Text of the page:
If you’re in your 20s, you may likely not even be thinking about retirement yet. This is especially true if you’re uncertain about the type of career you want to pursue, even after graduating college, and/or if you have student loans to pay off. However, it can be highly beneficial to start investment planning before turning 30 because although you may not have much money, you do have something just as valuable: time. Here are some reasons why you should start investment planning in your 20s.
Why Starting Investment Planning In Your 20’s Is Ideal
It’s wise to begin planning for retirement before you’re 30 because:
You have fewer responsibilities
Generally speaking, you have fewer responsibilities in your 20s, especially in your early and mid-20s. At this age, most people don’t yet have children or a mortgage. Therefore, it’s a good idea to take advantage of this time by starting your investment plans. If you’re still living with your parents in your 20s, you can save even more money because you don’t have to pay expenses like rent and groceries yet.
You also may have a better sense of your overall life goals (financial, personal, etc.) in your 20s. Even if you don’t know all of your objectives, however, it may be helpful to enlist the help of a financial advisor. This type of professional can help you understand compound interest, which is also an excellent reason to begin early retirement planning. Compound interest is a type of interest on a deposit or loan that’s calculated based on the principal and any interest previously accumulated. Thus, compound interest allows your money to grow exponentially.
Furthermore, some life events (and/or when they will occur) are unpredictable. However, try to consider the following factors when you’re doing your retirement planning:
- Your current age
- The age you intend to retire at
- Current and future expenses
- The sum you wish to set aside for retirement
- Where you intend to live after retirement
- Current or future savings accounts
- You and your family’s health history (for Medicare and other key late-life medical insurance coverage)
Individual Retirement Accounts
Individual retirement accounts (IRAs) are also a great way to plan your future investments. There are two different types of IRAs: traditional and Roth. With the former, you can allot pre-tax income to investments that may grow tax-deferred. Contributions to a regular IRA can be tax-deductible. Nevertheless, there is one notable downside to traditional IRAs: the required minimum distribution (RMD). This means that once you turn 72, you’ll need to withdraw a specific amount annually and pay income taxes on this sum.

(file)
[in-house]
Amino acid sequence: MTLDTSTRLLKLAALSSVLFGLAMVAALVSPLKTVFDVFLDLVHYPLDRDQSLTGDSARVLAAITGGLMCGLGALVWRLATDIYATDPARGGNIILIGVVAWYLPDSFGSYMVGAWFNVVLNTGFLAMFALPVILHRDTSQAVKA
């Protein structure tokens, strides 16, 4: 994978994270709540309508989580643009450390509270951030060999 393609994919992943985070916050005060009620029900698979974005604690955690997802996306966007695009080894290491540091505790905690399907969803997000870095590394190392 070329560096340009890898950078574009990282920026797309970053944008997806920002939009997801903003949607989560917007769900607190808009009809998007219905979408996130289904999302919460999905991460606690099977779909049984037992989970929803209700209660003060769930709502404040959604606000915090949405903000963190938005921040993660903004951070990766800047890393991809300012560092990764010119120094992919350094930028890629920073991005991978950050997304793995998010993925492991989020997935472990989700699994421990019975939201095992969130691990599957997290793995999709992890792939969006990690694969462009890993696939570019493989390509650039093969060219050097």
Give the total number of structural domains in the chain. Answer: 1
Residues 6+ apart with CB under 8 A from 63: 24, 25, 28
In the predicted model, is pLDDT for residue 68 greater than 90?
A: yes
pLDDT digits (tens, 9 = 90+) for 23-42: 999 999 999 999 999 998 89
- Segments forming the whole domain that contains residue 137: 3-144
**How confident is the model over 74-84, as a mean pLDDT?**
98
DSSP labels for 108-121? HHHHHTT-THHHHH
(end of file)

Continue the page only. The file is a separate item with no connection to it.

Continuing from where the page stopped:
Meanwhile, a Roth IRA allows you to make tax-exempt withdrawals under certain conditions. Unlike traditional IRAs, contributions to Roth IRAs aren’t tax-deductible. However, the funds you receive upon withdrawing money are tax-free. An experienced financial advisor can help you determine whether a traditional or Roth IRA is the best option for you. If you can get a 401(k) through your employer, don’t hesitate to choose this before opening an IRA, especially if your organization matches your contributions.
In addition to an IRA, it’s also an excellent idea to invest in a savings account. You can open this type of account at your local bank, which likely won’t offer you a good rate. However, a savings account typically allows you to withdraw and deposit any sum of money whenever you please. Savings accounts also don’t carry tax deduction benefits, which means any interest you earn on your savings is taxed in the year it was earned.
For all these reasons, it’s extremely wise to start investment planning in your 20s. Of course, be sure to always stay aware of factors such as market risk (especially for stocks) when planning for retirement. Certain events may be out of your control, but you have the ability to decide your tolerance for risk.
Speak To The Retirement Planning Experts
Reach out to the professionals at Inflection Advisors to learn more about the many benefits of investment planning for retirement in your 20s. Regardless of your financial history or current situation, the field you work in, or what your objectives are, our team is dedicated to caring for your economic well-being. Our five-step process for ongoing financial growth begins with a data collection phase, and then continues with stages devoted to analysis, recommendations, and implementation before ending with regular monitoring (e.g. monthly or quarterly planning meetings or investment updates) to ensure you’re on track to achieve your goals.
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